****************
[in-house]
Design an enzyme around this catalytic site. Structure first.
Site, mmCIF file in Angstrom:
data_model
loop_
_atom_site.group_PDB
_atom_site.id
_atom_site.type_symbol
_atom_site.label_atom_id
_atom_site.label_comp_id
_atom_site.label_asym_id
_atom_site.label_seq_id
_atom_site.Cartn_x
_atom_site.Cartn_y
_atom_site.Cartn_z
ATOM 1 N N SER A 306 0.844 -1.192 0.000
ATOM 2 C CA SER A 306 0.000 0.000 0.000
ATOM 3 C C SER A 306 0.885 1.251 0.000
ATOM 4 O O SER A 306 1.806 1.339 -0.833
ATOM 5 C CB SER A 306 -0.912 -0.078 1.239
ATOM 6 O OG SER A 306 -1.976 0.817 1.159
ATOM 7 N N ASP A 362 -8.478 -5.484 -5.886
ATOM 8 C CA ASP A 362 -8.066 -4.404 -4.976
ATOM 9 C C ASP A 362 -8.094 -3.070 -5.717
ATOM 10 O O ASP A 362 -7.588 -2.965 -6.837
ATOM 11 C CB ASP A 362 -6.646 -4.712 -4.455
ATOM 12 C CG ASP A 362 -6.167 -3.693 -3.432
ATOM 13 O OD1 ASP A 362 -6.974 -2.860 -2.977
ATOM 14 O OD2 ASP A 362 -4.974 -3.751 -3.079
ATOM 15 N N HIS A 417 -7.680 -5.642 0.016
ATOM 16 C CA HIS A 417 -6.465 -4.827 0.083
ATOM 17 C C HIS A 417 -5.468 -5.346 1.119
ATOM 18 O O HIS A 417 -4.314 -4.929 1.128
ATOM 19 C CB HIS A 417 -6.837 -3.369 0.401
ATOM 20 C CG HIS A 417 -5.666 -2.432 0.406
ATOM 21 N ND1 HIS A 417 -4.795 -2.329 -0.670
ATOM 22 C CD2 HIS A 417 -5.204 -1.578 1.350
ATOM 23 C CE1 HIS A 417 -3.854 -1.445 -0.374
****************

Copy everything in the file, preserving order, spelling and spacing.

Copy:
[in-house]
Design an enzyme around this catalytic site. Structure first.
Site, mmCIF file in Angstrom:
data_model
loop_
_atom_site.group_PDB
_atom_site.id
_atom_site.type_symbol
_atom_site.label_atom_id
_atom_site.label_comp_id
_atom_site.label_asym_id
_atom_site.label_seq_id
_atom_site.Cartn_x
_atom_site.Cartn_y
_atom_site.Cartn_z
ATOM 1 N N SER A 306 0.844 -1.192 0.000
ATOM 2 C CA SER A 306 0.000 0.000 0.000
ATOM 3 C C SER A 306 0.885 1.251 0.000
ATOM 4 O O SER A 306 1.806 1.339 -0.833
ATOM 5 C CB SER A 306 -0.912 -0.078 1.239
ATOM 6 O OG SER A 306 -1.976 0.817 1.159
ATOM 7 N N ASP A 362 -8.478 -5.484 -5.886
ATOM 8 C CA ASP A 362 -8.066 -4.404 -4.976
ATOM 9 C C ASP A 362 -8.094 -3.070 -5.717
ATOM 10 O O ASP A 362 -7.588 -2.965 -6.837
ATOM 11 C CB ASP A 362 -6.646 -4.712 -4.455
ATOM 12 C CG ASP A 362 -6.167 -3.693 -3.432
ATOM 13 O OD1 ASP A 362 -6.974 -2.860 -2.977
ATOM 14 O OD2 ASP A 362 -4.974 -3.751 -3.079
ATOM 15 N N HIS A 417 -7.680 -5.642 0.016
ATOM 16 C CA HIS A 417 -6.465 -4.827 0.083
ATOM 17 C C HIS A 417 -5.468 -5.346 1.119
ATOM 18 O O HIS A 417 -4.314 -4.929 1.128
ATOM 19 C CB HIS A 417 -6.837 -3.369 0.401
ATOM 20 C CG HIS A 417 -5.666 -2.432 0.406
ATOM 21 N ND1 HIS A 417 -4.795 -2.329 -0.670
ATOM 22 C CD2 HIS A 417 -5.204 -1.578 1.350
ATOM 23 C CE1 HIS A 417 -3.854 -1.445 -0.374